12 Jan 2016
understanding the low fodmap diet

During the month of January, we are exploring healthy eating tips and trends. In today’s post, we dive deeper into one of the most recent diet options on the food scene, the low FODMAP diet.

What is the Low FODMAP Diet?

The low FODMAP diet is a diet that is used in the treatment of Irritable Bowel Syndrome (IBS). Common symptoms include abdominal pain, excess flatulence, and bowel habits that frequently alternate between diarrhea and constipation. In some people, the symptoms can be quite debilitating, making work and the other activities of daily living difficult. The diet is also useful in people with inflammatory bowel diseases, such as colitis and Crohn’s Disease, and those whose digestive tract has been damaged from undiagnosed celiac disease.

In the past, various medications and fiber supplements have been used to treat IBS, without much success. Many sufferers eventually began to feel that maybe it was certain foods that triggered there symptoms, and research from several studies have supported this theory. This diet naturally involves eliminating all FODMAPS from the diet for a period of six to eight weeks and then gradually reintroducing high FODMAP foods one at a time to determine your personal triggers. Not every short-chain carbohydrate causes issues in every person.

Detailing FODMAPS:

FODMAPS are what scientists call short-chain carbohydrates. These carbohydrates are not easily digested in the small intestine. With the aid of bacteria, they quickly begin to ferment in the gut. The bacteria give off a gas, which exacerbates symptoms. FODMAP stands for Fermentable Oligo-Di-Monosaccharides and Polyols.


This poorly digested carbohydrate is present in wheat, beans, peas, and onions. It is also in processed food additives known as inulin and fructooligosaccharides.


The primary form of this carbohydrate is lactose from cow, sheep, and goat milk. Many people are lactose-intolerant but IBS sufferers can usually handle small amounts of this sugar. Everyone is different, so it is recommended individual experiment to see if it actually needs to be completely removed from the diet.


Mono-saccharides are fructose. This sugar occurs naturally in many fruits and honey. Apples as well as sugar snap peas are frequent culprits.


These sugar alcohols are found in xylitol and sorbitol, popular sugar substitutes. They are also common in drupes, or stone fruits, such as peaches and plums. They are also present in mushrooms and cauliflower.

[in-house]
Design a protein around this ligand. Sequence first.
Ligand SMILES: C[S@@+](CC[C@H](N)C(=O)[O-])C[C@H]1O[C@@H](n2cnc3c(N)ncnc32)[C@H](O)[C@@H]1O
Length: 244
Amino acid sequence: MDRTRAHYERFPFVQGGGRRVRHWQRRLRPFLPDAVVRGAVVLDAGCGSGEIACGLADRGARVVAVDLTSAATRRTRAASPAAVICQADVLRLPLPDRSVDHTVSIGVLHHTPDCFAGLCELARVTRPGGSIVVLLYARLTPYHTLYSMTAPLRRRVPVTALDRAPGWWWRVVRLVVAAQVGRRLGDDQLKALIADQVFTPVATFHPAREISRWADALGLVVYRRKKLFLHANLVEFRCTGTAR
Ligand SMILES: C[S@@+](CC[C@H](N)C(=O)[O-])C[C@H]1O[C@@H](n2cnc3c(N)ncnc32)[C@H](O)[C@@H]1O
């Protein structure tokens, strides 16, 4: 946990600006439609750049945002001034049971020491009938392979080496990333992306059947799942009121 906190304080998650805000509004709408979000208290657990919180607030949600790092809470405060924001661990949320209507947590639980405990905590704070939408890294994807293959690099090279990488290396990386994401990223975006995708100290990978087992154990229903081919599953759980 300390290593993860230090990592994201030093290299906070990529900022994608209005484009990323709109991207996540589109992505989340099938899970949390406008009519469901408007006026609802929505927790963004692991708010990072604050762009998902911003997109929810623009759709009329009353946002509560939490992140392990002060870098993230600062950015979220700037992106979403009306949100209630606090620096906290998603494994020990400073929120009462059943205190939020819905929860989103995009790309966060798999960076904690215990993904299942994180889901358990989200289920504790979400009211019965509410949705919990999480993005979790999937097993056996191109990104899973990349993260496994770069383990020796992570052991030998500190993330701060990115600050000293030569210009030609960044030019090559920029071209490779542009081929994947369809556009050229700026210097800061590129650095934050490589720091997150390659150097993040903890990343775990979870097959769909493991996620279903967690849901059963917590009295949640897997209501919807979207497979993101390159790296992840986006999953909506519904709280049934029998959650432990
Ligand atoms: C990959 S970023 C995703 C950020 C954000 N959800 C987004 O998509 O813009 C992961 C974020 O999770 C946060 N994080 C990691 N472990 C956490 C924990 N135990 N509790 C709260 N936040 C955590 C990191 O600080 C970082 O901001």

Which Foods Are Safe?

While this list is not exhaustive, it will give you a good idea of foods suitable for the low FODMAP diet.

Vegetables And Legumes

  • Alfalfa and bean sprouts
  • Broccoli
  • Brussels sprouts
  • Butternut squash
  • Cabbage
  • Carrots
  • Chick peas
  • Corn
  • Cucumber
  • Green beans
  • Green pepper
  • Lettuce
  • Spinach
  • Tomatoes

Note that garlic and onions are not allowed.


  • Bananas
  • Blueberries
  • Cantaloupe
  • Cranberries
  • Grapes
  • Kiwifruit
  • Lemons and Limes
  • Oranges
  • Pineapple
  • Raspberries
  • Strawberries

Drupes, blackberries, and watermelon as well as prunes and raisins should be eliminated.


Beef, pork, chicken, turkey and lamb are all fine, as is fish and seafood. Spicy meats, like chorizo, and processed meats and sausages need to be avoided.

Cereals and Grains

Only gluten-free breads, grains, and cereals are allowed.

Dairy And Eggs

No animal milk is allowed initially. Substitute with almond or cashew milk. Butter and eggs are allowed. Cheddar, Swiss, mozzarella, feta, and goat cheese are safe.

As with any diet change, it is recommended you first speak to your doctor, who may refer you to a registered dietitian for additional assistance. 

If you are interested in starting a low FODMAP diet, it is extremely helpful if you keep a detailed food diary in the beginning. In addition to noting what you eat at each meal, write down how you felt from a scale of 1 to 10 as well as any symptoms you may have had. You can also note any other events, like bowel movement details.

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